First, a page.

MTX awarded theatre construction project at Luton and Dunstable University Hospital
The Trust had a requirement for additional theatre capacity in order to cater for a larger patient intake. The project formed part of the Trust’s broader construction plans for further development at the hospital.
The project was completed over various phases, including demolition and enabling package, temporary eye day surgical unit (EDSU) and the construction of the new twin ultra clean canopy theatre complex.
For the operating theatres MTX worked alongside architectural partners IBI Group and M&E Consulting Engineers DSSR, to design and construct a bespoke facility that provided 2 additional storeys of accommodation, directly adjacent to the existing hospital street. A new connection was also constructed to link the new to existing. This also ensured that the new theatre facility operates in full co-ordination with the adjacent building.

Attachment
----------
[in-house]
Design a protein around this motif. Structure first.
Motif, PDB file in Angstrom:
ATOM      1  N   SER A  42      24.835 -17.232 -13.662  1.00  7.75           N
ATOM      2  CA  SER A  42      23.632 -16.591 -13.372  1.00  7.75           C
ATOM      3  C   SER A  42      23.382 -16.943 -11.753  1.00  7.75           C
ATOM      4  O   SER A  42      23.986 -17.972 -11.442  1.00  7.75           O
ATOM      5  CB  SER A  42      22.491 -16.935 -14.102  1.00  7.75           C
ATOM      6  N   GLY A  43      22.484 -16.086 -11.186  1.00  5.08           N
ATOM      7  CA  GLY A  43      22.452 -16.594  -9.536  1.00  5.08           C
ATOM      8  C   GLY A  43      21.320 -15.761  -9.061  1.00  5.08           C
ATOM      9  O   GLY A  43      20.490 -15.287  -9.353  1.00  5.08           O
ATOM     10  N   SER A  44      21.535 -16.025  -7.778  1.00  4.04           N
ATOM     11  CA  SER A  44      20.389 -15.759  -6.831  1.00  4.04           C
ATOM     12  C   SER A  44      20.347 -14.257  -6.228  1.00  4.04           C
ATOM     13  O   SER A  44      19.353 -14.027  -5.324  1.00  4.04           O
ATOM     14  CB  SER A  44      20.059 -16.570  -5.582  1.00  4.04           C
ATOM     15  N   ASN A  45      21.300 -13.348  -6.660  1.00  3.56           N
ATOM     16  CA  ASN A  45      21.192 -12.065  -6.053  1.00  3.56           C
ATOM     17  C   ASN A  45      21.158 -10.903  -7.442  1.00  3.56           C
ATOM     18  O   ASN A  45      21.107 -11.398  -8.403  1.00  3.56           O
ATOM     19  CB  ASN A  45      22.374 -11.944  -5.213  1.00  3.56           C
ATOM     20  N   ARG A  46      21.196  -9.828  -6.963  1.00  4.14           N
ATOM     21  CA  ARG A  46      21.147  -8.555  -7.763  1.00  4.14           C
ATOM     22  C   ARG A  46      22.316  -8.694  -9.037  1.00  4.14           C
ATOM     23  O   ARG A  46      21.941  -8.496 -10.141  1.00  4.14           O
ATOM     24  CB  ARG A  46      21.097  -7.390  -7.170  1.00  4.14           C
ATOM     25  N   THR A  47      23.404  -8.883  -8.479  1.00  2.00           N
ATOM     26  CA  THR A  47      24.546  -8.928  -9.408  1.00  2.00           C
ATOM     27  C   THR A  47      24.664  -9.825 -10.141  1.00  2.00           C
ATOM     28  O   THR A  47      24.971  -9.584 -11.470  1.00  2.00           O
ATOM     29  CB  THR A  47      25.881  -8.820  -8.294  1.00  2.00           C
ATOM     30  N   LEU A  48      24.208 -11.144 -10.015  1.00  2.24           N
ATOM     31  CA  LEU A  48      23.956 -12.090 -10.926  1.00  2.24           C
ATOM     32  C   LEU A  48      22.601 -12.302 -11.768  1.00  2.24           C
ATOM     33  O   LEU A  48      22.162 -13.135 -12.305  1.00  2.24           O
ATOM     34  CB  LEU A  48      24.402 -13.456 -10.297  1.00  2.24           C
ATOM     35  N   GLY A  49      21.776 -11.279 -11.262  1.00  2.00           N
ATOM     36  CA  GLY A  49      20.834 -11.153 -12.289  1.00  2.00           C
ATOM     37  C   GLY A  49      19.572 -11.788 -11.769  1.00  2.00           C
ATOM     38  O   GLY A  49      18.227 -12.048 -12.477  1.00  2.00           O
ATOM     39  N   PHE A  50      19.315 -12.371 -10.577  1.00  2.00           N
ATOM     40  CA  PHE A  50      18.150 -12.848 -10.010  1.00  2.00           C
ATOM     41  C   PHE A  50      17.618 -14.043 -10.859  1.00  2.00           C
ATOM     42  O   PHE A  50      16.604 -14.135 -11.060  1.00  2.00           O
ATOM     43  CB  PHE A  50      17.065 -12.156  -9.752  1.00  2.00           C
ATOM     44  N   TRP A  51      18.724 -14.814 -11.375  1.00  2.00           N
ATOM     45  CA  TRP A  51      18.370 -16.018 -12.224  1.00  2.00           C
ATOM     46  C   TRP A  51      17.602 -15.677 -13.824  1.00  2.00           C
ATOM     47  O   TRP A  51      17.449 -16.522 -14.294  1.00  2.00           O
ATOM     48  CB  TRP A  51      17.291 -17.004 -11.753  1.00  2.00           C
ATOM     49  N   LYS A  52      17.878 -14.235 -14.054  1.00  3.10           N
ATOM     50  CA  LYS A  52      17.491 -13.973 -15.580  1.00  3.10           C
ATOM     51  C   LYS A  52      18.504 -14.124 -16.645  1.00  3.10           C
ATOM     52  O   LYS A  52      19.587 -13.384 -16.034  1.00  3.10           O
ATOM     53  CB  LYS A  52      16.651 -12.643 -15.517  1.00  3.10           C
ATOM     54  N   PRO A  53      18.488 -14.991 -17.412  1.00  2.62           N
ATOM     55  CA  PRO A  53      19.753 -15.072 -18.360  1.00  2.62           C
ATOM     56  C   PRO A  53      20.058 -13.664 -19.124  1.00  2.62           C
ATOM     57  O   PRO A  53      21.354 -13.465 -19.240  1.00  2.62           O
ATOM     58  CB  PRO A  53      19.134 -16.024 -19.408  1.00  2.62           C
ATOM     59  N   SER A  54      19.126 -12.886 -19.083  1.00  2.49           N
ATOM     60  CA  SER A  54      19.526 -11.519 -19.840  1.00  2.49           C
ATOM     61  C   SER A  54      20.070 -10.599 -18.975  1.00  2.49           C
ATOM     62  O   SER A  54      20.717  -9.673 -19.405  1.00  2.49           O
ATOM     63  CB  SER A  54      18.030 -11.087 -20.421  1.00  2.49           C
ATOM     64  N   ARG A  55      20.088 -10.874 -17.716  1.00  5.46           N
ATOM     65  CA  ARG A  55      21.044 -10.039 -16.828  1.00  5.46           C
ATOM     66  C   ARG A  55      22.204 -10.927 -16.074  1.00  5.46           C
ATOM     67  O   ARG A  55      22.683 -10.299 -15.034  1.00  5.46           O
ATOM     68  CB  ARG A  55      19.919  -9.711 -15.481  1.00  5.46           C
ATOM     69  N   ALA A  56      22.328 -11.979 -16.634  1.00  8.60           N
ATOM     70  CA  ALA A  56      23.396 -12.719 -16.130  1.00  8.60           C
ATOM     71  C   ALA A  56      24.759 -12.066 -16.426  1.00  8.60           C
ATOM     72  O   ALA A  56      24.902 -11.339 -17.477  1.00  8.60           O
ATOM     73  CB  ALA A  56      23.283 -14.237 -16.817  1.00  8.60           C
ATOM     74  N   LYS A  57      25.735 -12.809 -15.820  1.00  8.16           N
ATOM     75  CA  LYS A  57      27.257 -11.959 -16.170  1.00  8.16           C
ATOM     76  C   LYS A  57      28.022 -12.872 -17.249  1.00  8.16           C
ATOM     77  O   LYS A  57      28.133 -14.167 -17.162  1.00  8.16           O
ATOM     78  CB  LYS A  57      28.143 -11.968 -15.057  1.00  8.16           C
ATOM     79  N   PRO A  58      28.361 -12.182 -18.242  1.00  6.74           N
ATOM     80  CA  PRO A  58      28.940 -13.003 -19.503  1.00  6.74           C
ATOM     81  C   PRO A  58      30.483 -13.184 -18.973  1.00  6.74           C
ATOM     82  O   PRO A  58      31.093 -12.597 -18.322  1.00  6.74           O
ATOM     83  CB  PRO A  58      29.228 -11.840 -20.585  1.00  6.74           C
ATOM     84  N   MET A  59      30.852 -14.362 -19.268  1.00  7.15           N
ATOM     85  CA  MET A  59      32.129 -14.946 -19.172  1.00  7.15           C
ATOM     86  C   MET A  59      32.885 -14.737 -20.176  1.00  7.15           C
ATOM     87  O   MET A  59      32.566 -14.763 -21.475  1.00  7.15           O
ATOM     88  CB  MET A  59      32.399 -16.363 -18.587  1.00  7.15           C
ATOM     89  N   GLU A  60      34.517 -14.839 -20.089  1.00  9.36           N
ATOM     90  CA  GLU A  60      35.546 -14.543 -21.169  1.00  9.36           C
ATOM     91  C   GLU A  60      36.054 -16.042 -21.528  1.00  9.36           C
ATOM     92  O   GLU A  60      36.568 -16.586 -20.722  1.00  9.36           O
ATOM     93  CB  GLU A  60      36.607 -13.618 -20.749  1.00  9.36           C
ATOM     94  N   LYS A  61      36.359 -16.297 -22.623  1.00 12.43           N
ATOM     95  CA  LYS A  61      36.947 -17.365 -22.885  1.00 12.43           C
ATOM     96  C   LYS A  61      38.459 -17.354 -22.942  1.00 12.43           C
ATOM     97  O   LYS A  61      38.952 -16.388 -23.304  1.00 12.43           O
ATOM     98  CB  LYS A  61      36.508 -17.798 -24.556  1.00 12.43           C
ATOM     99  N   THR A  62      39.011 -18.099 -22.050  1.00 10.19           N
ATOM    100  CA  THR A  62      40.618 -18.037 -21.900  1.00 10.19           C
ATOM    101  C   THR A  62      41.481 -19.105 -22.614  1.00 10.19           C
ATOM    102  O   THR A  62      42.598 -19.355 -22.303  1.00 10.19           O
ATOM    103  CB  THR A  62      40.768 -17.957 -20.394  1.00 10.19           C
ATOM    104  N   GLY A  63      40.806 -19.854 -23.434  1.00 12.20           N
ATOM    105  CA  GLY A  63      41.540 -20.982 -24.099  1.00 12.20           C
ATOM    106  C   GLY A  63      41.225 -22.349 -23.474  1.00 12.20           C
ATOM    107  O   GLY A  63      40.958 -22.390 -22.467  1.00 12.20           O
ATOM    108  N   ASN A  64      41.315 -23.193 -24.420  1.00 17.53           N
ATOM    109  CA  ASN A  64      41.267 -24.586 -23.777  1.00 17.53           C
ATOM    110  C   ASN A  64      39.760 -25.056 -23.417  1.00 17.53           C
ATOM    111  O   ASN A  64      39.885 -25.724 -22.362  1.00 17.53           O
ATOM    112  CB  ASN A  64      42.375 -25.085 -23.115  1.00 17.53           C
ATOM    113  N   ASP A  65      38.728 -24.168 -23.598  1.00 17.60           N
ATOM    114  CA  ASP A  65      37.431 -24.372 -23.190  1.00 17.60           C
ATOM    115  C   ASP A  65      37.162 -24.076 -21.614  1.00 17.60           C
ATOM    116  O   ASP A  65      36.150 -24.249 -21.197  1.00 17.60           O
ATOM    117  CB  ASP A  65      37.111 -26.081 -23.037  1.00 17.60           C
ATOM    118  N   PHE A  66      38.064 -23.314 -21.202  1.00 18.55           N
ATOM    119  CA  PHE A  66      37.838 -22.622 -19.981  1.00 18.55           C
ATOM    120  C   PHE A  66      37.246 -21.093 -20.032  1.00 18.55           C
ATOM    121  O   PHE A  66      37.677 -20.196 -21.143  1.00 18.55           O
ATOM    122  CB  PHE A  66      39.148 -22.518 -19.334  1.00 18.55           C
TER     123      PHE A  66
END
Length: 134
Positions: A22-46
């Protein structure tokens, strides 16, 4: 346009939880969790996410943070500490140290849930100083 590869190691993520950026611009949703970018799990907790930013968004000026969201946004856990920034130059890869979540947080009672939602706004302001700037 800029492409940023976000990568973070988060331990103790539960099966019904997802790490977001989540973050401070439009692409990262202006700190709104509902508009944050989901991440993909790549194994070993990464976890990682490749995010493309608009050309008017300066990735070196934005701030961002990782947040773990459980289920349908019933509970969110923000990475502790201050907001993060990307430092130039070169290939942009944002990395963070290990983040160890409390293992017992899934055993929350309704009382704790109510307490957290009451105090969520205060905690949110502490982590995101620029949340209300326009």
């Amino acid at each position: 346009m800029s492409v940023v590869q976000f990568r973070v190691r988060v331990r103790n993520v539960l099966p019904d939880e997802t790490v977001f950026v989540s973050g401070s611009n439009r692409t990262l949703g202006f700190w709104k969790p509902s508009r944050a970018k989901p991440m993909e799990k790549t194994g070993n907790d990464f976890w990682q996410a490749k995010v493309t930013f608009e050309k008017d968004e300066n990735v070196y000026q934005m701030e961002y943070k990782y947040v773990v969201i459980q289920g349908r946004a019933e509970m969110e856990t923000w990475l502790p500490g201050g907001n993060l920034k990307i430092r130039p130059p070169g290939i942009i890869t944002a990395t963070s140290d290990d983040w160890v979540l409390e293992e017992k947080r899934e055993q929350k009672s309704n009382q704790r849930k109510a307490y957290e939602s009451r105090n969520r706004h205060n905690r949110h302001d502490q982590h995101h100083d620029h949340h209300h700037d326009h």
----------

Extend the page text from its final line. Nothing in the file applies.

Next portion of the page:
The ground floor of the new facility comprises the twin theatres, scrub, anaesthetic, 24 bed recovery, consulting rooms, changing area and central reception with waiting area. The M&E services included, to name a few, 3no AHU’s providing ventilation to the separate departments, ceiling mounted radiant panels, medical gases, smoke fire dampers, LED lighting, nurse call system and video intercom. The first floor houses the dedicated plant room.
The state-of-the-art bespoke theatre facility features an appealing curtain glazed entrance with timber cladding and has provided the Trust with 1450m² of new accommodation.
Working in a live hospital environment alongside 3rd party contractors meant that key co-ordination and communication was essential, in order to carry out various works such as logistics, Health & Safety and infrastructure works.
Works also involved connecting the new theatres into the existing live department via linkway breakthroughs.
Forward planning and consideration were vital between MTX, the Trust and the 3rd party contractors to ensure disruption to the ongoing hospital activities was kept to a minimum.